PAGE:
To be clear, the unitary system that we are implementing maintains our ambitious standards and expectations. At its heart, the new system requires schools and districts to cut proficiency gaps in half over the next six years. To achieve this end, the system builds on the Board's and Department's work over the past three years by expanding our approach to assistance and support, calling out and remedying performance gaps, expecting continuous improvement of schools and districts, rewarding strong performance, and aggressively intervening in low-performing schools and districts.

Implementation Timeline

The Department of Elementary and Secondary Education (ESE) will implement changes to Massachusetts's district and school accountability and assistance system at the beginning of the 2012-13 school year, in accordance with our waiver plan. DESE has begun developing and disseminating print and electronic resources regarding the waiver, and has started to conduct meetings with district and school administrators to explain the changes that will result. DESE will continue its outreach to and training for district and school staff through this spring and summer.

Overview of Approved Flexibility

As we discussed in October, the flexibility waiver provides Massachusetts an opportunity to redesign our district and school accountability system in a way that unifies federal and state requirements while maintaining the Commonwealth's track record of setting high standards and expectations. Specifically, the waiver outlines a plan to:

  1. replace the unrealistic NCLB goal of 100 percent of students reaching proficiency by 2014 with the ambitious and achievable goal of reducing proficiency gaps by half by the end of the 2016-17 school year;
  2. classify each district and school in one of the state's five accountability and assistance levels based on its progress toward reducing proficiency gaps and readying all students for college and careers, and eliminate the NCLB accountability status labels of "identified for improvement," "corrective action," and "restructuring";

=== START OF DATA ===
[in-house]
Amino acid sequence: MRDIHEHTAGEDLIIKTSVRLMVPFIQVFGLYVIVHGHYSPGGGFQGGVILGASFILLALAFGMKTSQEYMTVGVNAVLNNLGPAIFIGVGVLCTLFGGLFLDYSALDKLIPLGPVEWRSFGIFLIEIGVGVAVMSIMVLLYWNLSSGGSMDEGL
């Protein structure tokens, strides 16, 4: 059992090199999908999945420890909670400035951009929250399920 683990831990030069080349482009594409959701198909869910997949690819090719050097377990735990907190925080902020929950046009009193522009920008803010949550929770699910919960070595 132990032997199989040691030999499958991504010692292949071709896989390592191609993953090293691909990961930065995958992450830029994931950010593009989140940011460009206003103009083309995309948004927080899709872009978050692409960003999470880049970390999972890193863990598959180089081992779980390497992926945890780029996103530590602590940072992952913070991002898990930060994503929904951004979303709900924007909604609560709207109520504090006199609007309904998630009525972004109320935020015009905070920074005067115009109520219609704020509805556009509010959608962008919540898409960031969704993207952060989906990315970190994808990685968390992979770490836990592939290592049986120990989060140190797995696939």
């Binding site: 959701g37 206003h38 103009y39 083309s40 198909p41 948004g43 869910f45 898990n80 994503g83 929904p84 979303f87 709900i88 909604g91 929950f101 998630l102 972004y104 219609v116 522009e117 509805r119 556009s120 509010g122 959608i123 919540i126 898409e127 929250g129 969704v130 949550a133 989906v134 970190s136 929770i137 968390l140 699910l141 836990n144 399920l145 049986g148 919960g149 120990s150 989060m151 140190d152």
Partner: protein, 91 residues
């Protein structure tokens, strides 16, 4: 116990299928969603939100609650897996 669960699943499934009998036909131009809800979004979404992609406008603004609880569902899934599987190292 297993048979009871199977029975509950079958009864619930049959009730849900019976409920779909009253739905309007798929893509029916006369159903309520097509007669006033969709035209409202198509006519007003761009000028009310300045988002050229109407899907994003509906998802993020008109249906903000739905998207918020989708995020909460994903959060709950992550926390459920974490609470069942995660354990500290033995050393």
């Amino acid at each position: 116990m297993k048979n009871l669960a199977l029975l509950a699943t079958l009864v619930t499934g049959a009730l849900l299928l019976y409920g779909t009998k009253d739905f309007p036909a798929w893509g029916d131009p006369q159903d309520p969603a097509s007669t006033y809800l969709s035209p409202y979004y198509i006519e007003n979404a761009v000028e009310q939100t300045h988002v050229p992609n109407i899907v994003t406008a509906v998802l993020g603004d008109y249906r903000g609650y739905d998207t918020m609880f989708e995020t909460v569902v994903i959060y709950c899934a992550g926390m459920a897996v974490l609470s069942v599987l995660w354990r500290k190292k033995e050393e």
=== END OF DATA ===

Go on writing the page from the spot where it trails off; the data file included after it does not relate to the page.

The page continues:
3. annually report on district and school progress toward college and career readiness and reducing proficiency gaps through the use of a new Progress and Performance Index, which will incorporate the state's best measures of readiness for college and careers, including a student growth metric, and will replace current Adequate Yearly Progress (AYP) reporting requirements;
  4. continue to identify and support the schools across the state that need the most assistance in the aggregate and for student subgroups, and recognize high achieving and improving schools;
  5. enhance our state's focus on subgroup performance by identifying schools with individual student groups that have the largest proficiency gaps and classifying them as Level 3/Focus schools, and by reducing the minimum group size for subgroup accountability determinations from 40 to 30 students;
  6. require districts with low performing schools to reserve federal Title I funds on a sliding scale to address identified needs that are aligned with the state's research-based Conditions for School Effectiveness, as opposed to mandating the one-size-fits-all NCLB requirements of school choice, supplemental educational services (SES), and professional development.

Last Updated: February 23, 2012